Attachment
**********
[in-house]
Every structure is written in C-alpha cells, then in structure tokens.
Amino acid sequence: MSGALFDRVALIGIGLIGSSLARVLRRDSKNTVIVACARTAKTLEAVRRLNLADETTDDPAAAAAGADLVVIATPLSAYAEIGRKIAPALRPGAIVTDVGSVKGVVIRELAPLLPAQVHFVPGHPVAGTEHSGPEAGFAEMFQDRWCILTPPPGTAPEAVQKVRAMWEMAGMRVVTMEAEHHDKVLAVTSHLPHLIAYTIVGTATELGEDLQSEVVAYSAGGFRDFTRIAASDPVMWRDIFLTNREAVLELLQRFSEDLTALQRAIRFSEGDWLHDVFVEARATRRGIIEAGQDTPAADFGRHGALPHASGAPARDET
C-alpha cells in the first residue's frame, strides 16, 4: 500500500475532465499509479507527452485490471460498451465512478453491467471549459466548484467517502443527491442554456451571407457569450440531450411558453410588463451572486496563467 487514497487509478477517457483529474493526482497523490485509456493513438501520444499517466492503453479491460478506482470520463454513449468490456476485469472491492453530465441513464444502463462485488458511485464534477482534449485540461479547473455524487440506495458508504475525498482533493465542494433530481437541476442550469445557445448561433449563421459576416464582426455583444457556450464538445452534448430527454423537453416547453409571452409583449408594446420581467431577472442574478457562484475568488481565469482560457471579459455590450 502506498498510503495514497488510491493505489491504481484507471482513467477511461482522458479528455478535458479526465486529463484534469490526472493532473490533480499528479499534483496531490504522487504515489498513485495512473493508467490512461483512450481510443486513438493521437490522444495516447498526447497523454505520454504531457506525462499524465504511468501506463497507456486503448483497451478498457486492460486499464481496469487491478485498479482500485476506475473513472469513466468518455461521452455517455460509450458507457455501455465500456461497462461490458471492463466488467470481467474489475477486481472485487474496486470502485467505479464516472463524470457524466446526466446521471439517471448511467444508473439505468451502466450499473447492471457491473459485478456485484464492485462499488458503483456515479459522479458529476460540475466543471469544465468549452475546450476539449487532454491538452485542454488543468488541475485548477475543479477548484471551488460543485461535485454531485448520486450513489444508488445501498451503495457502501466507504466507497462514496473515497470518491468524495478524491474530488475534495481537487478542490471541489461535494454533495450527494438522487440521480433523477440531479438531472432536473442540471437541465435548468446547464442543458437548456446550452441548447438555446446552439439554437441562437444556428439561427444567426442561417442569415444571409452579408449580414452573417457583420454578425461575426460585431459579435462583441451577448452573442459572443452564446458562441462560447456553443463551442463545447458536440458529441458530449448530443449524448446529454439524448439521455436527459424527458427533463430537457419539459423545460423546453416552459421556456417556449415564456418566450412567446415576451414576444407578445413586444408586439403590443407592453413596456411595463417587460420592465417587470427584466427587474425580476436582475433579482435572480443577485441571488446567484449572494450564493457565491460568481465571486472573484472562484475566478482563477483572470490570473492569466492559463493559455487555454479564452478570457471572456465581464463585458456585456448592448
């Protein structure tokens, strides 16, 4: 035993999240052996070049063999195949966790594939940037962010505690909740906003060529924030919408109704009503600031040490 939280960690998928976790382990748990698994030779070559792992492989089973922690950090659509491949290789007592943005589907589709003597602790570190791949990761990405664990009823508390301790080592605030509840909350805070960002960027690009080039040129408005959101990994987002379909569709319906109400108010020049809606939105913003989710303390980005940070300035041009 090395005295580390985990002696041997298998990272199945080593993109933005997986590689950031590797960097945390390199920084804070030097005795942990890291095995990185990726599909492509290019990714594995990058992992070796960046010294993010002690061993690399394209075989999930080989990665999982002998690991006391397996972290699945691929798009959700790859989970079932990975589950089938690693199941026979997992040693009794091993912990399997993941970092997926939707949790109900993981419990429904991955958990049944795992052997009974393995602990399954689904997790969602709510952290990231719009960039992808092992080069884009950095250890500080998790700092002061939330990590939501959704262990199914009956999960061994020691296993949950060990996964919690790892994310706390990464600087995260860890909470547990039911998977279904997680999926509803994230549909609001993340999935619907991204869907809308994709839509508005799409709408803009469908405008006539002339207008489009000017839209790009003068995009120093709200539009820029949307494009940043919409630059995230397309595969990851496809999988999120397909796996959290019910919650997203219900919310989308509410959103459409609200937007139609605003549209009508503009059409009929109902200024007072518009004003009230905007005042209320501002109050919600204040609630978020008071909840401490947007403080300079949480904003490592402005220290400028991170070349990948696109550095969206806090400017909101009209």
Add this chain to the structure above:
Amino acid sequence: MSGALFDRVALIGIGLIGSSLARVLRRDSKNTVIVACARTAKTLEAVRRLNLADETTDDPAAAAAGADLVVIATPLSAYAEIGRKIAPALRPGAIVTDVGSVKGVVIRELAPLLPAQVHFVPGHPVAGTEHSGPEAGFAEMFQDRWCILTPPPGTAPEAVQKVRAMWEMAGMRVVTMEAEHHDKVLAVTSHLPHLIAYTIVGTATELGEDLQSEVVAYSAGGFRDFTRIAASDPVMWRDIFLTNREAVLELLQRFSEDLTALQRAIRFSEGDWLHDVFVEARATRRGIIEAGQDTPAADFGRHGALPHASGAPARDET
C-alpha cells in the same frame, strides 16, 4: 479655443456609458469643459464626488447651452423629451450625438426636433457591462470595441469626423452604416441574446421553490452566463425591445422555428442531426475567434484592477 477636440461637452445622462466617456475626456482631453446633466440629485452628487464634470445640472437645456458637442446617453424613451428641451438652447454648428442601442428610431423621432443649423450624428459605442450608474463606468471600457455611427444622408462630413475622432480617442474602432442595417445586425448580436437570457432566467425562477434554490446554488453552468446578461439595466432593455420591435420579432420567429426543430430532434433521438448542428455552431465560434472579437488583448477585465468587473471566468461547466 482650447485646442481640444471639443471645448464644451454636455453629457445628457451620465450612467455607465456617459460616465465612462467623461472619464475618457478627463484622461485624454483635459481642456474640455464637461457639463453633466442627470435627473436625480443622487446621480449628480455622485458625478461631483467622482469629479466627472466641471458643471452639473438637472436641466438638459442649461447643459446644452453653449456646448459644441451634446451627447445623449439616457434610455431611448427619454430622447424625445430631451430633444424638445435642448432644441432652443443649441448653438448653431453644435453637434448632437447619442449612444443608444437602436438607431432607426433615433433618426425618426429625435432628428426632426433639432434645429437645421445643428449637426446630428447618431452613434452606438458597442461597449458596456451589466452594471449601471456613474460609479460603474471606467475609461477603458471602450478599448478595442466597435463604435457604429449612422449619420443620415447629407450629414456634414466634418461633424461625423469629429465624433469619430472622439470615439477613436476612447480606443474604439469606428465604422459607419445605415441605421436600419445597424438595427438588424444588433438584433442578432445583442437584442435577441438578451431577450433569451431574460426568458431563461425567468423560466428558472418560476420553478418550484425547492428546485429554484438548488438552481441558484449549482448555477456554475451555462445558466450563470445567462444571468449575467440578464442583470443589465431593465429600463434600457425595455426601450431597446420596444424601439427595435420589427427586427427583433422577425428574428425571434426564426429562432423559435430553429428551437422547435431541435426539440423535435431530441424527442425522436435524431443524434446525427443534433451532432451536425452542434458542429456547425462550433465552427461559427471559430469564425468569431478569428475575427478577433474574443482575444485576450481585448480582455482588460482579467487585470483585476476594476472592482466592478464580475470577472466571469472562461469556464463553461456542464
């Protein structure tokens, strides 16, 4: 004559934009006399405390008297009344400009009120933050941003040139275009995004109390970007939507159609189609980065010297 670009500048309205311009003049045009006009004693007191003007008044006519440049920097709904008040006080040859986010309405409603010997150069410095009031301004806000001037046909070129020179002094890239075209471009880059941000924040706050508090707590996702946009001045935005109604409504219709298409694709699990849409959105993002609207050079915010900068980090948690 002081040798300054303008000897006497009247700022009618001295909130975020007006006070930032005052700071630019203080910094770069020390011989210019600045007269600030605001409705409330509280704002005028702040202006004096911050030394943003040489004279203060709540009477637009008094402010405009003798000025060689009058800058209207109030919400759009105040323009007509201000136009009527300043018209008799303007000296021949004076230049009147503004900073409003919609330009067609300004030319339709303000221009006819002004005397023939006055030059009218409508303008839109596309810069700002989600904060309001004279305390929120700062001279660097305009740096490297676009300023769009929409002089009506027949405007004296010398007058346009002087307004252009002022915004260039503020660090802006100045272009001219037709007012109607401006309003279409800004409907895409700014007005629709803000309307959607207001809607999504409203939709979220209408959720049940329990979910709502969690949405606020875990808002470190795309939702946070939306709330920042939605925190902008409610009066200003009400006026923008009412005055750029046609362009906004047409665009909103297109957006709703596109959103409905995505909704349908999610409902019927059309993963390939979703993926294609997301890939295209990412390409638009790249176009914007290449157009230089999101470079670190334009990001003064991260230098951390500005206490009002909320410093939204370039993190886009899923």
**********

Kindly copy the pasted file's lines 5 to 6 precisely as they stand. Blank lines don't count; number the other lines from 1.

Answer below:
């Protein structure tokens, strides 16, 4: 035993999240052996070049063999195949966790594939940037962010505690909740906003060529924030919408109704009503600031040490 939280960690998928976790382990748990698994030779070559792992492989089973922690950090659509491949290789007592943005589907589709003597602790570190791949990761990405664990009823508390301790080592605030509840909350805070960002960027690009080039040129408005959101990994987002379909569709319906109400108010020049809606939105913003989710303390980005940070300035041009 090395005295580390985990002696041997298998990272199945080593993109933005997986590689950031590797960097945390390199920084804070030097005795942990890291095995990185990726599909492509290019990714594995990058992992070796960046010294993010002690061993690399394209075989999930080989990665999982002998690991006391397996972290699945691929798009959700790859989970079932990975589950089938690693199941026979997992040693009794091993912990399997993941970092997926939707949790109900993981419990429904991955958990049944795992052997009974393995602990399954689904997790969602709510952290990231719009960039992808092992080069884009950095250890500080998790700092002061939330990590939501959704262990199914009956999960061994020691296993949950060990996964919690790892994310706390990464600087995260860890909470547990039911998977279904997680999926509803994230549909609001993340999935619907991204869907809308994709839509508005799409709408803009469908405008006539002339207008489009000017839209790009003068995009120093709200539009820029949307494009940043919409630059995230397309595969990851496809999988999120397909796996959290019910919650997203219900919310989308509410959103459409609200937007139609605003549209009508503009059409009929109902200024007072518009004003009230905007005042209320501002109050919600204040609630978020008071909840401490947007403080300079949480904003490592402005220290400028991170070349990948696109550095969206806090400017909101009209």
Add this chain to the structure above: